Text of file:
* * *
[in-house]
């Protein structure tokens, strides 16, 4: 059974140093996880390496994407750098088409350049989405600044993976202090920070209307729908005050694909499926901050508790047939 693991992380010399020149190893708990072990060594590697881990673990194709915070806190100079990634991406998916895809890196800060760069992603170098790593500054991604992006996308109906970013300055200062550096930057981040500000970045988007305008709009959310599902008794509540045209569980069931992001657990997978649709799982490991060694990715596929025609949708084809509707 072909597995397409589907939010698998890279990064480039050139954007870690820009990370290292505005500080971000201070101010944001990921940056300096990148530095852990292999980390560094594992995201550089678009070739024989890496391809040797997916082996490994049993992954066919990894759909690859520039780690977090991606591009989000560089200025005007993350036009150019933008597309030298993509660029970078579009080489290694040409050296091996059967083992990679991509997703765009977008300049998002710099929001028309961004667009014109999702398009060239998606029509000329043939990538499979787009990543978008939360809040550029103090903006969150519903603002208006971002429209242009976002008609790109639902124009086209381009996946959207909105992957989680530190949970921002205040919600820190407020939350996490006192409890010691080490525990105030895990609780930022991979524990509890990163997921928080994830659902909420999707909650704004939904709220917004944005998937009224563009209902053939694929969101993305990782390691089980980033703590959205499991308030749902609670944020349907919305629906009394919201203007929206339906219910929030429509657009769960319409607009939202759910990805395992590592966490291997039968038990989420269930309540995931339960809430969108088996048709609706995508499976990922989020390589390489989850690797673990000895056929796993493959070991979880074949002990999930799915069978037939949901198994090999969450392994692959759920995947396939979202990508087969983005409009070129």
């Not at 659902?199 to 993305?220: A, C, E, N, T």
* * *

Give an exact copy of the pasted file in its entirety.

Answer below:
[in-house]
């Protein structure tokens, strides 16, 4: 059974140093996880390496994407750098088409350049989405600044993976202090920070209307729908005050694909499926901050508790047939 693991992380010399020149190893708990072990060594590697881990673990194709915070806190100079990634991406998916895809890196800060760069992603170098790593500054991604992006996308109906970013300055200062550096930057981040500000970045988007305008709009959310599902008794509540045209569980069931992001657990997978649709799982490991060694990715596929025609949708084809509707 072909597995397409589907939010698998890279990064480039050139954007870690820009990370290292505005500080971000201070101010944001990921940056300096990148530095852990292999980390560094594992995201550089678009070739024989890496391809040797997916082996490994049993992954066919990894759909690859520039780690977090991606591009989000560089200025005007993350036009150019933008597309030298993509660029970078579009080489290694040409050296091996059967083992990679991509997703765009977008300049998002710099929001028309961004667009014109999702398009060239998606029509000329043939990538499979787009990543978008939360809040550029103090903006969150519903603002208006971002429209242009976002008609790109639902124009086209381009996946959207909105992957989680530190949970921002205040919600820190407020939350996490006192409890010691080490525990105030895990609780930022991979524990509890990163997921928080994830659902909420999707909650704004939904709220917004944005998937009224563009209902053939694929969101993305990782390691089980980033703590959205499991308030749902609670944020349907919305629906009394919201203007929206339906219910929030429509657009769960319409607009939202759910990805395992590592966490291997039968038990989420269930309540995931339960809430969108088996048709609706995508499976990922989020390589390489989850690797673990000895056929796993493959070991979880074949002990999930799915069978037939949901198994090999969450392994692959759920995947396939979202990508087969983005409009070129």
């Not at 659902?199 to 993305?220: A, C, E, N, T």